Conservative Politics May Be Hurting Curt Schilling’s Hall of Fame Chances

Being a conservative got you down? Maybe people are looking at you weird? Not holding the elevator when they see you running up? Co-workers preventing you from being copied on all those invites to office parties? Voters trying to keep you from being enshrined in the Baseball Hall of Fame?

Well, the first couple things may or may not be happening to some of you. Though the last one is in all likelihood not. It is quite possibly happening to Curt Schilling. According to Bloomberg Politics, that is.

Bloomberg Politics interviewed a baseball fan named Ryan Thibodaux, who compiles voting percentages and likelihoods of players getting into the Hall. There are a lot of numbers here, but what Schilling joked about a year ago (getting snubbed by HOF voters because of his conservative politics) may indeed actually be happening:

According to Thibodaux’s projections, Ken Griffey Jr. is a shoo-in this year—he has been on every ballot Thibodaux has tracked so far—and Mike Piazza has an excellent chance to finally make it in (he’s on 87.4 percent of ballots so far, with a 75 percent threshold), with Jeff Bagwell having an outside chance as well. But it’s perhaps most fascinating to look at Curt Schilling’s vote totals. Because when you break it down, it is difficult to argue with Schilling’s initial claim, the “joke” in his interview: He is, most likely, losing votes for the Hall of Fame because of his politics.

To be clear: Schilling’s vote total is likely to rise, as it has in past years—just by smaller increments than one might expect. Here are is vote percentages in his first three years on the ballot:

2013: 38.8 percent

2014: 29.2 percent

2015: 39.2 percent

In Thibodaux’s compilations, Schilling has been listed on 60.8 percent of the 143 public ballots, but his actual percentage total will be far lower. (Voters who make their ballots public consistently vote for players at a much higher percentage than those who keep them private, though changes the Baseball Writers Association of America to the voting scrolls may alter that in future years.) Nonetheless, even accounting for a fall, that’s a substantial improvement.

The problem is that Schilling’s numbers are rising far, far more slowly than every other candidate. The pitcher Schilling is most often compared to in Hall of Fame voting is Mussina, a contemporary of Schilling’s who put up similar career numbers, minus Schilling’s postseason success. (The two players are right next to one another on Jay Jaffe’s JAWS ratings, which attempts to put a numerical value on a players’ Hall of Fame case, though it is widely considered that Schilling’s postseason dominance puts him ahead.) Mussina retired a year after Schilling; here are his vote percentages for his two years on the ballot:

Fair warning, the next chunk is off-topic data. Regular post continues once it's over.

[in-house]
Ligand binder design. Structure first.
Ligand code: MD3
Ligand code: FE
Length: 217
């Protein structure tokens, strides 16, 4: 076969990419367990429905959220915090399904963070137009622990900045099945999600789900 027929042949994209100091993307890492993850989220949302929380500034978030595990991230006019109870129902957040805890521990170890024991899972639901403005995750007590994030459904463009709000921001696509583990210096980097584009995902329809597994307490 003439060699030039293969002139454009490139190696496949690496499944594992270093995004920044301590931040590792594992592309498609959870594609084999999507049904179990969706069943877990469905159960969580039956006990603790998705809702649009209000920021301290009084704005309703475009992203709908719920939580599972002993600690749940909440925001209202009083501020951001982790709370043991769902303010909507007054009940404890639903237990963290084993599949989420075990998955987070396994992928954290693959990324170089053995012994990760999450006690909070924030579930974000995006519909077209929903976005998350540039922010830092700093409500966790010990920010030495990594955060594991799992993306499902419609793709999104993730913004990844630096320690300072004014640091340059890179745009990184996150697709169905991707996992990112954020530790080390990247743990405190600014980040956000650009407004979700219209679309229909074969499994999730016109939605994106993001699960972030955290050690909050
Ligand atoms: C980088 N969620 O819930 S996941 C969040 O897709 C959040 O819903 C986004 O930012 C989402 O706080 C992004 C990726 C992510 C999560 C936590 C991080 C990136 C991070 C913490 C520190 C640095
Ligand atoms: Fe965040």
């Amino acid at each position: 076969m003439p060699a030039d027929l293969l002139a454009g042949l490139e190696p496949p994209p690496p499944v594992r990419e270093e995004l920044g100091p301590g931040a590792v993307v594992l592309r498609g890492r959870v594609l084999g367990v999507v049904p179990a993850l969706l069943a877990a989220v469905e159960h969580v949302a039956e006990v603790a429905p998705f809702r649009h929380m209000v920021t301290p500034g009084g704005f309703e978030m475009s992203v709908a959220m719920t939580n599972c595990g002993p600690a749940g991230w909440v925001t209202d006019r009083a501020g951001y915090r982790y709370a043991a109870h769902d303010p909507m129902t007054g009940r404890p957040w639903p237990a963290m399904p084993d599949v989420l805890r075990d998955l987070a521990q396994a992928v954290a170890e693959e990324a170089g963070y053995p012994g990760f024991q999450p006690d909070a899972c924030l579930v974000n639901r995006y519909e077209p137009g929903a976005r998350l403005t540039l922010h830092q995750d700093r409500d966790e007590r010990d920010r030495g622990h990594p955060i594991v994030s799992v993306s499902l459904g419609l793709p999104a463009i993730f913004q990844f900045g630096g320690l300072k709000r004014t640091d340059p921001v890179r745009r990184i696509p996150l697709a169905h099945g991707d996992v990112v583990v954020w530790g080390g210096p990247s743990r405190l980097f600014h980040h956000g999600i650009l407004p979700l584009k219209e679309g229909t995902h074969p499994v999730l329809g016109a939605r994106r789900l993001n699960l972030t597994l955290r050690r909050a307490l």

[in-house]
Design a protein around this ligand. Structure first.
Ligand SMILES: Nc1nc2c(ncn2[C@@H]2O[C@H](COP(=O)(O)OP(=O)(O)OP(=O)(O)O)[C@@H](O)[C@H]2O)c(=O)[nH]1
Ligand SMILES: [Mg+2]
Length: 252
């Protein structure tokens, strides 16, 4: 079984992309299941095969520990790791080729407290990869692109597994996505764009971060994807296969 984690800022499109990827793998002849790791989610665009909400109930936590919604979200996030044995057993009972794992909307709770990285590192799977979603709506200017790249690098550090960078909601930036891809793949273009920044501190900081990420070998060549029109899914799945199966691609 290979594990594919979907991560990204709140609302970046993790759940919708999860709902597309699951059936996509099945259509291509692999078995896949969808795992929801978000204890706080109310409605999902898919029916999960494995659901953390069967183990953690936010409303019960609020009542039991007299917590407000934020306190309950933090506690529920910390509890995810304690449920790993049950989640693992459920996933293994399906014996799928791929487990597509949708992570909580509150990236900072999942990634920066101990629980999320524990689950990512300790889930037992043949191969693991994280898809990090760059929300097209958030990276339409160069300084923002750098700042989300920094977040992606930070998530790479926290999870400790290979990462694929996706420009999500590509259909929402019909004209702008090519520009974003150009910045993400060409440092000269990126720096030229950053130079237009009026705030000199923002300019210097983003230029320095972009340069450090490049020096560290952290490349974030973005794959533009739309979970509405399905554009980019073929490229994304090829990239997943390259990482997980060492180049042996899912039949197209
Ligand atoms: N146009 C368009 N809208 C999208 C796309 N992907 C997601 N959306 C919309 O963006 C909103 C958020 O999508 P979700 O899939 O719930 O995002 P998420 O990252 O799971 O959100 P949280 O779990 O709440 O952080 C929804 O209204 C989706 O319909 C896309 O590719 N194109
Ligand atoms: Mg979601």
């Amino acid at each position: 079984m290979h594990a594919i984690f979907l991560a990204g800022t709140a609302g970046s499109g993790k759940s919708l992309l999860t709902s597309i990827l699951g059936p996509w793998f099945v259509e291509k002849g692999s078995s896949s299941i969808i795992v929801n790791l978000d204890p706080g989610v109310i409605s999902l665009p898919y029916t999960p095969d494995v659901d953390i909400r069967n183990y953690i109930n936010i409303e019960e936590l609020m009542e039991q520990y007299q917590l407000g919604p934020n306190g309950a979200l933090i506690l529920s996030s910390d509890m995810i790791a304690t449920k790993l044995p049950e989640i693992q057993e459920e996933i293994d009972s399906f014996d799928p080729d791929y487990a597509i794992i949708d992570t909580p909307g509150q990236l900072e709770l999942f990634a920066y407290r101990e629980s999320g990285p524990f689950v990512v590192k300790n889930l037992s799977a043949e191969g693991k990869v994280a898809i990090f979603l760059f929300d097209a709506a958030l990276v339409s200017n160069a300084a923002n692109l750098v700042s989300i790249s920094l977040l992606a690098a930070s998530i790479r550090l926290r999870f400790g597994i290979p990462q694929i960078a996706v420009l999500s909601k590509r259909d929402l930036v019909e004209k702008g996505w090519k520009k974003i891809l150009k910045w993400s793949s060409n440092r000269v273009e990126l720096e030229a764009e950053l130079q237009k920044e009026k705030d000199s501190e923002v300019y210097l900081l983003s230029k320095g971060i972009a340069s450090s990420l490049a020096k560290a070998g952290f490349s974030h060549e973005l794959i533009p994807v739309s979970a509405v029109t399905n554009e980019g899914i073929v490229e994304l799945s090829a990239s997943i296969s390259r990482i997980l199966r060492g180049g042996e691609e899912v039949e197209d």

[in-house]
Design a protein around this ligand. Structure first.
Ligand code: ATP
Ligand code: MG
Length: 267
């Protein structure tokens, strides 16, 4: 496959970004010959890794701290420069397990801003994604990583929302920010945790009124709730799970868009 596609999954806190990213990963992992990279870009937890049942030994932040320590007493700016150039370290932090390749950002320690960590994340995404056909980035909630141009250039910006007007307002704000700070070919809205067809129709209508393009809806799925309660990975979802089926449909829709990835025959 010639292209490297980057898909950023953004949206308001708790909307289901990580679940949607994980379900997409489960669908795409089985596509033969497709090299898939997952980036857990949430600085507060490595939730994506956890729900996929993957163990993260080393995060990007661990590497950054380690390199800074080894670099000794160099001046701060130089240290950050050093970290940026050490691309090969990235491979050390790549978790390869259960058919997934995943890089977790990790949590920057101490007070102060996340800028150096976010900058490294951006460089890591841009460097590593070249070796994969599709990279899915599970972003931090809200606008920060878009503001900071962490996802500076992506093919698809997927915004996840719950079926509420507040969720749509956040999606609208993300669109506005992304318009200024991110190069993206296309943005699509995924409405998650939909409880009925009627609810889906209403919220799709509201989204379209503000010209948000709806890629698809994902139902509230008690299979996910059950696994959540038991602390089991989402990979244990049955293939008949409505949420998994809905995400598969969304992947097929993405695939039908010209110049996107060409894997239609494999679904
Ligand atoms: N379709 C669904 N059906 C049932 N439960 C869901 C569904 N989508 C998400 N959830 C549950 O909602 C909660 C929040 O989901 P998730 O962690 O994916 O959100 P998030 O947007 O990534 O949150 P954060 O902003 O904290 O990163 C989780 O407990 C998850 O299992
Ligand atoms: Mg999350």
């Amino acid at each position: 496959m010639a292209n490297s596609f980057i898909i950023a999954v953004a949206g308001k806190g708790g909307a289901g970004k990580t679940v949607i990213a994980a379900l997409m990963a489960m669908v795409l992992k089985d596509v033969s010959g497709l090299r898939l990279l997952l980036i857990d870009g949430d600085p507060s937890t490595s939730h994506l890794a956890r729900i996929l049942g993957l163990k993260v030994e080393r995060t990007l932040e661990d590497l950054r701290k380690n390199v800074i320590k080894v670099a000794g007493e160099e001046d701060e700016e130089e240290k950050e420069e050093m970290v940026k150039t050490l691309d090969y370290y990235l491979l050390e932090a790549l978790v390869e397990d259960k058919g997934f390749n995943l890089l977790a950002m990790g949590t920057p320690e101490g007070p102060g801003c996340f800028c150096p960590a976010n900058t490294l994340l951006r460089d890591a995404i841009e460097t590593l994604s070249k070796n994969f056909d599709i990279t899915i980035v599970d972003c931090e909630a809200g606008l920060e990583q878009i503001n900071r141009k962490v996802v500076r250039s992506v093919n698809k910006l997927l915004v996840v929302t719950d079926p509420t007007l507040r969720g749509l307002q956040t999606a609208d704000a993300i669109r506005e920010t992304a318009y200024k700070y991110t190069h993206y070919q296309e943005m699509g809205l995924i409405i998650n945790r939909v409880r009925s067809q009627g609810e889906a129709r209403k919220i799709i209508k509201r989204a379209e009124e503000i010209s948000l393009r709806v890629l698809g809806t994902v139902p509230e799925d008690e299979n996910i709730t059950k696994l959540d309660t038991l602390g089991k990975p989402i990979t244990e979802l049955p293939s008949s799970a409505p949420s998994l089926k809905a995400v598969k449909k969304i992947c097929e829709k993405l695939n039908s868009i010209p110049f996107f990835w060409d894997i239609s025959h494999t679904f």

2014: 20.3 percent

2015: 24.6 percent

This year, though, Mussina has soared, to 56.6 percent. Among returning voters—voters who Thibodaux has tracked the ballots of consecutive years—Mussina is up a whopping 23 votes. He and Edgar Martinez have gained the most votes from people who did not vote for them last year … likely people who have more spots on their ballot after the four electees in 2015.

But Schilling is barely up at all. He is up only seven votes among those same voters. Here’s Thibodaux’s tracking of who is up at what rates:

What reason could there be for Mussina to be up so dramatically—and Lee Smith, even—while Schilling is barely creeping up? Mussina has now almost completely closed the gap with Schilling. What has changed in the last year? Schilling hasn’t become a worse pitcher in the last 12 months. Why would Schilling’s numbers not be close to keeping pace with Mussina’s, or Piazza’s, or Bagwell’s, or even Barry Bonds’?

Thibodaux has little doubt as to the reason.

I asked Thibodaux if he thought Schilling’s controversies concerning his politics was affecting his vote totals. “There isn't a better explanation that I've heard,” Thibodaux said, and pointed out that, because of the increased available slots on the ballot, almost no candidates are losing votes from last year. Among tracked voters, here are the number of votes they have “lost”—the voter voted for them last year, and not this year—from 2015:

Jeff Bagwell: 0.

Tim Raines: 0.

Mike Piazza: 0.

Roger Clemens: 1.

Mike Mussina: 2.

Curt Schilling: 7.

“Essentially, nobody is losing any significant number of voters,” Thibodaux said. “Except for him.”

When the vote totals are released on Wednesday, Schilling’s numbers will be up, just like everyone else’s will. But this will not be a refutation of Schilling’s (probably not actually joking) claims. In all likelihood, it will be evidence of them.  Curt Schilling's vote pace has fallen behind his fellow ballot members dramatically in the last year, even though he hasn’t thrown a pitch, has not been involved in any sort of PED scandal and has had more ballot space available to him than ever. Either baseball writers have collectively re-evaluated Schilling’s entire career in the last 12 months, or they’ve found another reason to leave Schilling’s name off their ballot…”

“Maybe you agree with Curt Schilling’s politics, and maybe you don’t. Maybe you think he’s obnoxious and should be a little quieter about his off-field beliefs to stop distracting people from what he did off the field, or maybe you think he should scream his views from the nearest mountaintop. What appears undeniable, a year after his comments, is that he was exactly right: His right-wing views have cost him votes. The proof is right there in the numbers. Here’s betting whatever Mike Mussina’s politics are, he makes sure to keep them to himself.”

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